Orlando is a destination for rollercoaster lovers, but apparently there are unstated requirements for riders. A 17-year-old-girl was told that she could not partake in some of the city's most thrilling rides because she does not have hands.
Katie Champagne, of Michigan, was visiting Central Orlando with her family when she was removed from SeaWorld's Kraken coaster Thursday, the Orlando Sentinel reports.
Champagne, who was born without hands, was told she couldn't ride because "the manufacturers guidelines require that a guest be able to grasp the pull-down harness with at least one hand." However, she contends SeaWorld allowed her to ride Kraken before.
Champagne was given the same reasons when she was barred from Harry Potter and the Forbidden Journey at Universal Studios' Islands of Adventure in December. The family's tickets were refunded afterward.
According to a spokesman for SeaWorld, "Our policies regarding guests with disabilities were written in consultation with ride safety experts, ride design consultants and manufacturers of each of our attractions."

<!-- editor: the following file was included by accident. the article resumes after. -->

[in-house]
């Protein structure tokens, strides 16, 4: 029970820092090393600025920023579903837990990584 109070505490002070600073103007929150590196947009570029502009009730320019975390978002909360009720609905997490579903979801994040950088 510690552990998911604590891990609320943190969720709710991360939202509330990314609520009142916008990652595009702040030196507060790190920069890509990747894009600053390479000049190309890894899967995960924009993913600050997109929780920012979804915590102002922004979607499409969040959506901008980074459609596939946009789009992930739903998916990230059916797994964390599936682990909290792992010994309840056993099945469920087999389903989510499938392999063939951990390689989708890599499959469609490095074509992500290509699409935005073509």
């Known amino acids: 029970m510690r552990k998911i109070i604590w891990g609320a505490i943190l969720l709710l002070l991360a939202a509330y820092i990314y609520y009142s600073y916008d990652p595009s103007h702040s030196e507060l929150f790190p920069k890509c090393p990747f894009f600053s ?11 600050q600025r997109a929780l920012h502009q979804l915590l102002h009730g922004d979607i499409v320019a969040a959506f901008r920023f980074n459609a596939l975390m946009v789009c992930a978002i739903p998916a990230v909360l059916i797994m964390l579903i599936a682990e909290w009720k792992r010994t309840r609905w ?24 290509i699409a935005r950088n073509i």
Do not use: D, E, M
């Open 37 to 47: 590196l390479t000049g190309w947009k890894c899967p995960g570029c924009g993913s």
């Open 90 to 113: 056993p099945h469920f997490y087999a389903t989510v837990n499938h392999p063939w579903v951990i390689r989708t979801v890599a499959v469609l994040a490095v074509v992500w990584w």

"Making exceptions opens theme parks to liability and park-goers to danger," James Barber, member of the National Association of Amusement Ride Safety Officials, told the Sentinel. "Safety rules aren't just put there arbitrarily. They don't put those restrictions there to be mean.'"
However, an attorney who has been working with the Champagne family told the paper that "the requirement for Katie to grasp the harness 'with at least one hand,' rather than her arm, is an unnecessary distinction and possible violation of the Americans with Disabilities Act."
A July 2011 accident in New York may strengthen Barber's point. Sgt. James Thomas Hackemer, who lost his legs in Iraq, was thrown from Ride of Steel coaster at the Darien Lake Theme Park Resort, USA Today reported at the time. People without legs are not allowed to ride two of the park's other coasters, but, according to Hackemer's family, park attendants never challenged his ability to ride the Ride of Steel.
According to the Tampa Bay Times, the ride also has a height requirement of 54 inches. Hackemer was only 36 inches tall after his accident.
The paper also points to issues of obesity on amusement park rides. In 1999, a 400-pound man was thrown from the same ride when it was owned by another company.
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